Talking Suspense with Jaden Terrell.

We met this spring when you flew up from Nashville to speak to the New York Chapter of Sisters in Crime. You gave a fascinating presentation on craft. Afterwards, you and I had quite the discussion about what makes for good suspense. You were rather persuasive. So, will you explain what you think makes for I-cannot-put-this-book-down suspense? Thank you. Alison. That was a lively conversation, and as I remember, you were pretty persuasive yourself. I’m a big proponent of Donald Maass’s mantra, “Tension on every page,”  and I think suspense is tightly connected to that. But I also think writers interpret it too narrowly. They add bickering, car chases, explosions, and fight scenes in hopes of raising the stakes and heightening suspense. But we’ve all read books that had non-stop action and yet came across as flat or even humdrum. That happens when the writer forgets to give the reader an emotional stake in the story.

To me, tension is a feeling evoked in the reader. It’s created when we a) care about whether the point-of-view character succeeds or fails, and b) aren’t sure whether the desired outcome will happen. When I think of the “Tension on every page” rule, I interpret it as having something on every page that makes the reader care about the characters and what will happen to them.

Suspense is created when you’ve evoked that tension and then delay the outcome until exactly the right moment. In the meantime, you’ve been weaving in other sources of tension so that as each question is answered or each source of tension resolved, there are always new ones being generated, right up until the (hopefully satisfying) end.

Besides suspense, what do you think makes for an un-put-down-able book? Complex, believable characters are at the top of my list. I prefer them to be likable, but more important, they must be interesting. There has to be something about them that makes me care about what’s happening to them. Pacing is also vital. A string of heart-pounding action sequences can become monotonous, as can pages and pages of quiet moments and introspection. Weaving them together effectively can be incredibly powerful.

In your own writing, how do you determine if you’ve hit the mark in terms of suspense?  I’m never a hundred percent sure, but I get a good sense of it by setting the manuscript aside for a week or two so I can read it with fresh eyes. If there’s a section I find myself skimming, it may need an overhaul. Once it’s as good as I can make it, I ask a few trusted readers for their opinions; if they tell me they couldn’t put it down, I send it to my agent. She’s an insightful editor in her own right, and she points out any pacing issues or plot holes. Once she and my publisher and their editors have all signed off on it, I feel pretty comfortable with it.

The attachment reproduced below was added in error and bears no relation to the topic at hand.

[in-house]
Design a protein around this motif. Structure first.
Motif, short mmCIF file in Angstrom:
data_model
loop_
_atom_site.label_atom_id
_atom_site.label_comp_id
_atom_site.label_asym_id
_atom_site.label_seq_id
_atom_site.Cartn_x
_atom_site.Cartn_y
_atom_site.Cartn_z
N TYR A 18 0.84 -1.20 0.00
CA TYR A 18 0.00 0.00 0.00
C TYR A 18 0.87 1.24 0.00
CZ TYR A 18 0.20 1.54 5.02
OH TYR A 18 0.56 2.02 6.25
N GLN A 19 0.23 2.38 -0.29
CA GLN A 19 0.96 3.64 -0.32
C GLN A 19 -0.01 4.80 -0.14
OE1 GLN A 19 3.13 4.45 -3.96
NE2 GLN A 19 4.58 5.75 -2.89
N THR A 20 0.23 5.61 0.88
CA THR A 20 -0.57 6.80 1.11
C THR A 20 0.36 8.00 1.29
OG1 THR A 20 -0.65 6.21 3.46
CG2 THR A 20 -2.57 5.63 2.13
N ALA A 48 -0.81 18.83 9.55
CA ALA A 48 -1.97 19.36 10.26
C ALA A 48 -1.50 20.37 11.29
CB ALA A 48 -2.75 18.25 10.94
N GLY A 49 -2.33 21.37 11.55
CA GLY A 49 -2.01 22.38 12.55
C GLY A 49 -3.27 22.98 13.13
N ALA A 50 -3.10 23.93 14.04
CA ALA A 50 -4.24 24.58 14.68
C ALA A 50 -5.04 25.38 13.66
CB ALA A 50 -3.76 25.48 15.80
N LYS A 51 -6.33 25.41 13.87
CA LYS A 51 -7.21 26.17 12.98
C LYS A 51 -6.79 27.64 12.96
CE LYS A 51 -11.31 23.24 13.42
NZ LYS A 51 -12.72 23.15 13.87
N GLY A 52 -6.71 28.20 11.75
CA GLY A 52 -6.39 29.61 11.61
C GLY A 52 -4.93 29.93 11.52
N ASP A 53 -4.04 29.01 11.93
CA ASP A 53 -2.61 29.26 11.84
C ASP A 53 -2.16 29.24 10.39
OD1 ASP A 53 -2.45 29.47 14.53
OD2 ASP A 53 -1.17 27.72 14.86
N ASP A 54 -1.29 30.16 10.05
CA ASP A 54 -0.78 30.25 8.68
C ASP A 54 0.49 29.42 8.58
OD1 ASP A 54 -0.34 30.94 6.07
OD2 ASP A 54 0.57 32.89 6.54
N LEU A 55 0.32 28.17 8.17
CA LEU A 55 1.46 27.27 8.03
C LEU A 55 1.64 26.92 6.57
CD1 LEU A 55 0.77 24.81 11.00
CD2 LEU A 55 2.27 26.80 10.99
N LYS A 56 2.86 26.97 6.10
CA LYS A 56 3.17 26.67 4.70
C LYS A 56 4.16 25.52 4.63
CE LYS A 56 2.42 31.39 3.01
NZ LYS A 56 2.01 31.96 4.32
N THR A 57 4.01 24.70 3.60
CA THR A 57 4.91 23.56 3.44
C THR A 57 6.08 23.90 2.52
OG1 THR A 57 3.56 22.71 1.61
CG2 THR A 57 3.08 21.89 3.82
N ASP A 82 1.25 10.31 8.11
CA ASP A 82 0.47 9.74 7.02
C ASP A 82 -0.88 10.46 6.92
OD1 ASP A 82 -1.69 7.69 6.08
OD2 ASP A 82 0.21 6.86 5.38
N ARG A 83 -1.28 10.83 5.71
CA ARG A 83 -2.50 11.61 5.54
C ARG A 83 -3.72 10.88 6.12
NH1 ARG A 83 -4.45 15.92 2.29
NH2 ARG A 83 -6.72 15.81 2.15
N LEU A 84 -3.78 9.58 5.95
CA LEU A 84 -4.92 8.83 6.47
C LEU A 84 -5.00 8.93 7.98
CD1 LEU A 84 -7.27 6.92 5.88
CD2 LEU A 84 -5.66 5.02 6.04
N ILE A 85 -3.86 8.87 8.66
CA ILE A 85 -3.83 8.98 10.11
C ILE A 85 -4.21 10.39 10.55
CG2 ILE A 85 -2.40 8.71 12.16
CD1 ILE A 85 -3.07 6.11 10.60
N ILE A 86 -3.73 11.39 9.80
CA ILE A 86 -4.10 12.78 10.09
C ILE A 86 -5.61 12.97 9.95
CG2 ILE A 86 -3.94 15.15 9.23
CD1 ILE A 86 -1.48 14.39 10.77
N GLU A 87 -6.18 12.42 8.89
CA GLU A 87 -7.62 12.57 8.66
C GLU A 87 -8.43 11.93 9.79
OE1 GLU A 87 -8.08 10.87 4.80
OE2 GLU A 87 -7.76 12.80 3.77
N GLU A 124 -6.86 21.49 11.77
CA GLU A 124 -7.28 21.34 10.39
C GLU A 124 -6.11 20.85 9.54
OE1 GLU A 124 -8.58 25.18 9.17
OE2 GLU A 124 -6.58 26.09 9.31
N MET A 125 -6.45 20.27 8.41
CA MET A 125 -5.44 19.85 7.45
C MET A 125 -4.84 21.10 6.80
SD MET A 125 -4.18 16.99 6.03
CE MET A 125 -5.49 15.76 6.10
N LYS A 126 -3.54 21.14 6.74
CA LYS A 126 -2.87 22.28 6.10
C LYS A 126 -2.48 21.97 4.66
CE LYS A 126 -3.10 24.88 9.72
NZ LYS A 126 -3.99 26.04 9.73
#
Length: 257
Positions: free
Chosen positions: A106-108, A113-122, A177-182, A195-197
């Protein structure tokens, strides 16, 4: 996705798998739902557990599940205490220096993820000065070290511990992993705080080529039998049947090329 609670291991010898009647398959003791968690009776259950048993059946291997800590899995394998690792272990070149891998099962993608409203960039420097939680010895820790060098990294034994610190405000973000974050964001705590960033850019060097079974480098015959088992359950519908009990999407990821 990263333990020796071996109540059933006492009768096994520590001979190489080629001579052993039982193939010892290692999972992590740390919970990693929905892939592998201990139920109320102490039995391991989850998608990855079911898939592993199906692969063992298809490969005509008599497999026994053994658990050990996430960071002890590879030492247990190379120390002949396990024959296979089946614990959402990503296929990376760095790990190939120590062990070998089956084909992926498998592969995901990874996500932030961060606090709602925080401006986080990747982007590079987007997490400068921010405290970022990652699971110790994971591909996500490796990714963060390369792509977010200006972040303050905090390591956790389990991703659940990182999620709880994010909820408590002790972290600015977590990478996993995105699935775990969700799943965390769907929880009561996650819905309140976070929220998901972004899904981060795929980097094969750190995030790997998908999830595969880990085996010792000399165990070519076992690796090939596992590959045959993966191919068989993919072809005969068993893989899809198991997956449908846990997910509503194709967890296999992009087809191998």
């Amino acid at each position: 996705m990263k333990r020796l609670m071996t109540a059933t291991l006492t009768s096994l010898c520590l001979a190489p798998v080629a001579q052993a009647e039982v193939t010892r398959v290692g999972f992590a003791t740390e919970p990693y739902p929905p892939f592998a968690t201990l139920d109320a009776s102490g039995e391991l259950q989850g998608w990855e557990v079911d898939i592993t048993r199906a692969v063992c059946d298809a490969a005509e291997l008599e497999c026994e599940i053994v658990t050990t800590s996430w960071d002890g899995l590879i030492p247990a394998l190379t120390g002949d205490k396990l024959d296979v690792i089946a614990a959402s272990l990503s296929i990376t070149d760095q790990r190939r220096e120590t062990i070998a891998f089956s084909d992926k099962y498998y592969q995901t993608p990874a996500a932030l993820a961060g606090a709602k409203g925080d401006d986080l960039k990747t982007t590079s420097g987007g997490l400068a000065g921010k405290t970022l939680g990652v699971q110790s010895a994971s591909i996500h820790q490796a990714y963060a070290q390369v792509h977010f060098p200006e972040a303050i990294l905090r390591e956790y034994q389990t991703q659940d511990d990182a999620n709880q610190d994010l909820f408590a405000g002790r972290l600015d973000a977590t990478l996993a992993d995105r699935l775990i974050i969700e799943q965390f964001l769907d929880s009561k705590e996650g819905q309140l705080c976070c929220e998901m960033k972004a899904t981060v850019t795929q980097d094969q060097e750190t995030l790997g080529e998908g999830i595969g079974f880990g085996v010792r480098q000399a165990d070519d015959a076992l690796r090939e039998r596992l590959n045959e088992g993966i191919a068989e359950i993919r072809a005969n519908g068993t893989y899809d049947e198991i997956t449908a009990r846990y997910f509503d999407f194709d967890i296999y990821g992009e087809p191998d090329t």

Will you tell us what you’re writing process is? I spend a lot of time on groundwork. I do free writing about various characters and ask myself questions about the plot and characters. Before I start writing, I need to know what really happened (who killed the victim, how, and why), who the other suspects are, what their motives are, and where they were. I’ll make a timeline of the crime and make sure all of them had motive, means, and opportunity. Then I make a list of clues that could lead Jared (my detective) to the real villain and a list of false clues that will point to the other suspects. I usually have several scenes in mind by then, and I noodle around with how Jared can find each clue and what order he should find them in. I do any major research I need to do, and when I have a loose outline of where it’s going, I start writing.

It will change as I go, as my brain says, “Hold on, I have something better!” If it is, I roll with that and adjust my outline. About halfway through, I become convinced that I’m a terrible writer and that I will never be able to finish this book, and that if I do finish it, it will be so dreadful I’ll never be able to look another author in the eye again. Yet, somehow I manage to finish. At that point, it’s often it’s very mushy in the middle, so I spend a lot of time tightening, polishing, and moving things around. Eventually, it goes from a big pile of metaphorical slag to something I think is good.

What are you working on now? Thanks for asking! I have a cozy black cat detective mystery, Trouble Most Faire, coming out on October 7. It’s a light read that takes place at a Renaissance Faire, very different from anything I’ve written before. I’m also about halfway through a standalone thriller, and I’m researching the fifth Jared book, which takes place in Alaska.


  1. I love the distinction you draw between tension and suspense, Jaden. And non-stop action becomes as monotonous as no action! There is just so much to consider, but you’ve tied it up in a nice tight blog. Thanks so much for visiting us on Miss Demeanors.

    1. Thank you, Michele. I have Alison to thank for helping me clarify the distinction for myself. We had one of the most insightful conversations I’ve had about writing!

  2. Great advice. Emotional connection is really at the heart of a great book, I believe it, and you have made a persuasive point. Thanks for stopping by MissDemeanors today! I’ve added Trouble Most Faire to my reading calendar! Looking forward to October 7th.

  3. Thank you, Tracee! I agree with you about emotional connection. I’ve heard it said that a person who reads lives a thousand lives, while the person who doesn’t lives only one. If we don’t connect emotionally, we don’t live that other life.

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